Joshua Boger is the founder of Vertex Pharmaceuticals Incorporated and retired as the company’s CEO in May 2009, although he remains on the board. He joined Alkeus Pharmaceuticals as executive chairman in May 2012. Prior to founding Vertex in 1989, Boger worked for more than a decade in pharmaceutical research at Merck, where he developed an international reputation as a leader in the application of computer modeling to the chemistry of drug design and was a pioneer in the use of structure-based rational drug design as the basis for drug discovery programs. He is the author of more than 50 scientific publications, holds 31 issued U.S. patents in pharmaceutical discovery and development, and has lectured widely in the United States, Europe and Asia.
A serious amateur photographer for almost 50 years, Joshua Boger began exploring the world of underwater photography in 2000, with a special emphasis on the reefs off Wakaya, a private island off the coast of Fiji. Since 2014 he has taken that hobby to the professional level, with six one-man gallery shows. A permanent exhibit of 22 of Boger’s photographs, titled “Wakaya Octocorals and Giants,” is on display in the lobby of the Exley Science Center. See photos here.
Boger holds a BA in chemistry and philosophy from Wesleyan and MA and doctorate degrees in chemistry from Harvard University. As an undergraduate at Wesleyan, he was the recipient of many prizes including the Cole Creative Writing Prize, the Hawk Biochemistry Prize, the William Day Leonard Prize for general excellence, and the Wesleyan Memorial Prize for Outstanding Junior.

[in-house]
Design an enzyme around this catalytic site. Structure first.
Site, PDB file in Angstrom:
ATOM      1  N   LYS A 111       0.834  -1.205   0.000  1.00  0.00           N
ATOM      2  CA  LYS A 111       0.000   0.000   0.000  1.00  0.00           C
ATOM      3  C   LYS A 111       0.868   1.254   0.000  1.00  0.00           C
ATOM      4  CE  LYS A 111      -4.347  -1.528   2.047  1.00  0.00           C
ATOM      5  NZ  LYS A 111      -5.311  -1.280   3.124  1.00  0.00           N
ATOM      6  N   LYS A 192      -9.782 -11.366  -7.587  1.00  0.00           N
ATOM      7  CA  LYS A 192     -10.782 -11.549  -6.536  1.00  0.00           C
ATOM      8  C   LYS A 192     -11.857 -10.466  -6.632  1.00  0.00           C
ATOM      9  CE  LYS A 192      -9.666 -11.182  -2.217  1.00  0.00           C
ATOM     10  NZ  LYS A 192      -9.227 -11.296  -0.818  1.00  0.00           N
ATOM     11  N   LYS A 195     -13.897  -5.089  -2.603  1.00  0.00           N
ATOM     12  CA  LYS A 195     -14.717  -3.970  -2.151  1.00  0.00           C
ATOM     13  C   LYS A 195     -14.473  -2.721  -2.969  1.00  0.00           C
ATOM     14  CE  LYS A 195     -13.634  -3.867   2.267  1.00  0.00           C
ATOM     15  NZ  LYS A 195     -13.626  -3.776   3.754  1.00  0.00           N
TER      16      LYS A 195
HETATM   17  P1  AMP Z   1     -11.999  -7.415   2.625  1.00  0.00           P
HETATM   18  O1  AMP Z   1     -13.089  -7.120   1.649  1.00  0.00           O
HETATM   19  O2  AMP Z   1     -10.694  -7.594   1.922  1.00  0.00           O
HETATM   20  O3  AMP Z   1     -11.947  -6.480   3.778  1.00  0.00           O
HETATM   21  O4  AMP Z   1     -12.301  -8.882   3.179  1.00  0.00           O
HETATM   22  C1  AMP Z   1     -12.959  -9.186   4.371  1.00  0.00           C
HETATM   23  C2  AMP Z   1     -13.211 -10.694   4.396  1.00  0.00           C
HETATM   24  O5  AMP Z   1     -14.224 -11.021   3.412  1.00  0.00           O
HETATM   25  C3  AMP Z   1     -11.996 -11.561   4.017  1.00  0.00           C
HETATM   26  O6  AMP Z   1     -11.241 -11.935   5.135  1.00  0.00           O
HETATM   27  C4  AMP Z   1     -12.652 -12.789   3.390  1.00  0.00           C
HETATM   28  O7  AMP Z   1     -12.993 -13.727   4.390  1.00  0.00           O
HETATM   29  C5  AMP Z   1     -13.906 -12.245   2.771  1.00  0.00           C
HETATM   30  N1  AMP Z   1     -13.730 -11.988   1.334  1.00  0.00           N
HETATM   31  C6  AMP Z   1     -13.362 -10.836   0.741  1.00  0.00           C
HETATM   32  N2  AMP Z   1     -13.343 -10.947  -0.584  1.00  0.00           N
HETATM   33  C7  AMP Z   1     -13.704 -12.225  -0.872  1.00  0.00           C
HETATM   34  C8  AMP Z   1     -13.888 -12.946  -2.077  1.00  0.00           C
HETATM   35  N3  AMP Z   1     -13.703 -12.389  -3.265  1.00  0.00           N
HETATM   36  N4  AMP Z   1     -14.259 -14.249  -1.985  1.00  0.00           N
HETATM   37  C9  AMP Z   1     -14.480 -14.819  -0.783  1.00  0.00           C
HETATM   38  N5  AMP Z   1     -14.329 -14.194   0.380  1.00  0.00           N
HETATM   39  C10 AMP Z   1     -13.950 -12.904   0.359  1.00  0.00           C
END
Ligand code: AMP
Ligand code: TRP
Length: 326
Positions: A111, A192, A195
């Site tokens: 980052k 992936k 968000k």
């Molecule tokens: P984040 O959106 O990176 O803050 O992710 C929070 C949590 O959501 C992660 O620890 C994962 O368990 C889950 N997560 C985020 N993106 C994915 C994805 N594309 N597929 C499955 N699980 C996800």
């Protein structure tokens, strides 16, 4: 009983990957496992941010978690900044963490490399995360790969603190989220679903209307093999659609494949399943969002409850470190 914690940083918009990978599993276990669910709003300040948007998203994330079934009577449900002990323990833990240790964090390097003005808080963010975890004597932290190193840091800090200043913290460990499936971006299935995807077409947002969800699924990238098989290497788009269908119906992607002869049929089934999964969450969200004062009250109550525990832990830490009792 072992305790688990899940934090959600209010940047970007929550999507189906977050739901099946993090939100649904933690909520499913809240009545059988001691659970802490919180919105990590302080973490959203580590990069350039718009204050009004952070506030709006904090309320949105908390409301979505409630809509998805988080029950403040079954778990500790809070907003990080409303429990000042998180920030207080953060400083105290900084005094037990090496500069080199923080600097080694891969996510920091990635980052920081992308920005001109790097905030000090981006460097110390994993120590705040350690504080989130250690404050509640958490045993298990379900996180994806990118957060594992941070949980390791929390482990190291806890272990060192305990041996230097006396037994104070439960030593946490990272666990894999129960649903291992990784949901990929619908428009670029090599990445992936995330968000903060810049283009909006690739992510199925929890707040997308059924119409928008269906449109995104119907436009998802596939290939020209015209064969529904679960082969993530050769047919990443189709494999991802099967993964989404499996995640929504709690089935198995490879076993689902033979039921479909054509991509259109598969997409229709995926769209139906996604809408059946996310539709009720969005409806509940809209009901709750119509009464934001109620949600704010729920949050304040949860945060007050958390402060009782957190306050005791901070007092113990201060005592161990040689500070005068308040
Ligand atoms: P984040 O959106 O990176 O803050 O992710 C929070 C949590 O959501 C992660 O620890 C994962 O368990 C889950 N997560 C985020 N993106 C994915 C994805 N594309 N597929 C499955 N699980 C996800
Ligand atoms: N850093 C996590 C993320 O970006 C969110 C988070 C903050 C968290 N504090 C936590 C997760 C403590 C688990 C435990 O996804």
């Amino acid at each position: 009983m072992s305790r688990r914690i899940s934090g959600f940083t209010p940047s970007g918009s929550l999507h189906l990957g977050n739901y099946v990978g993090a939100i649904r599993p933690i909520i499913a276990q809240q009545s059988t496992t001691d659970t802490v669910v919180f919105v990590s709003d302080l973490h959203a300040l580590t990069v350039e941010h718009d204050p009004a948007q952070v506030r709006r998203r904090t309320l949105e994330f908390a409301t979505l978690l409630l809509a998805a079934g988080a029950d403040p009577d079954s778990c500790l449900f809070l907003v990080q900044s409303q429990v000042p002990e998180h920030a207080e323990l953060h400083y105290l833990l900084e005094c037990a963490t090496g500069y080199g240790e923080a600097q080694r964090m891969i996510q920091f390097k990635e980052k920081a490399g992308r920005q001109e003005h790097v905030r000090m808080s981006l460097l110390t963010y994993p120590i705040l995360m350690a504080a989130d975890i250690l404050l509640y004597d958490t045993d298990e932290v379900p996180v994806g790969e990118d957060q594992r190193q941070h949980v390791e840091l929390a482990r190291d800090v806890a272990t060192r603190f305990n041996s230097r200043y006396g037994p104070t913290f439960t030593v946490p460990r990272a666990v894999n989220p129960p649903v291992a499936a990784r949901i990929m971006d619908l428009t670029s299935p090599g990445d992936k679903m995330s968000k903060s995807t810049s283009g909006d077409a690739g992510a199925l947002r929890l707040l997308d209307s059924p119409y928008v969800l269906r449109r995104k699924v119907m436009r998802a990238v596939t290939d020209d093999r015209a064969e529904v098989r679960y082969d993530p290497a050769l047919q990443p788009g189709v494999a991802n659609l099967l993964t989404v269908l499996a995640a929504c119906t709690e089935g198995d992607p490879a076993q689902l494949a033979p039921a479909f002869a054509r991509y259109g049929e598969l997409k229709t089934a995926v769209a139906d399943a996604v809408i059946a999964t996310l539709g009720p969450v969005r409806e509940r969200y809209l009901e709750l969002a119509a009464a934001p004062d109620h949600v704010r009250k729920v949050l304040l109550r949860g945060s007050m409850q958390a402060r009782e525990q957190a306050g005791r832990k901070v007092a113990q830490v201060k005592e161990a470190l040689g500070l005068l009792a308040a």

In addition to his positions as board member of Vertex Pharmaceuticals and the executive chair of Alkeus Pharmaceuticals, he is the outgoing chair of Wesleyan University’s Board of Trustees, chair of the global board of MassChallenge, vice-chair of the Museum of Science (Boston), and chair of the board of the Celebrity Series of Boston. Boger also serves on boards at the Network for Healthcare Innovation (NEHI) in Cambridge, Mass., where he is chair emeritus; the Board of Fellows of Harvard Medical School, where he is chair emeritus; the American Civil Liberties Union of Massachusetts Foundation; the Science Advisory Council of WGBH (Boston); and the Longy School of Music (Cambridge).
Amy Boger is a professional ceramic artist and owner of Dirt and Light Arts LLC, creating conceptual art that inhabits the border between sculptural and functional ceramics. Her work is known for its humor. She is a retired pediatrician and a Fellow of the American Academy of Pediatrics. Dr. Boger holds a BA in American history and literature from Harvard University and an MD degree from University of Pennsylvania. Learn more at amyboger.com.
About Wesleyan’s THIS IS WHY campaign
More than 34,000 individuals have contributed to Wesleyan’s THIS IS WHY fundraising campaign so far, giving a total of more than $420 million to support access, inquiry, and impact. The campaign ends on June 30. Learn more at thisiswhy.wesleyan.edu.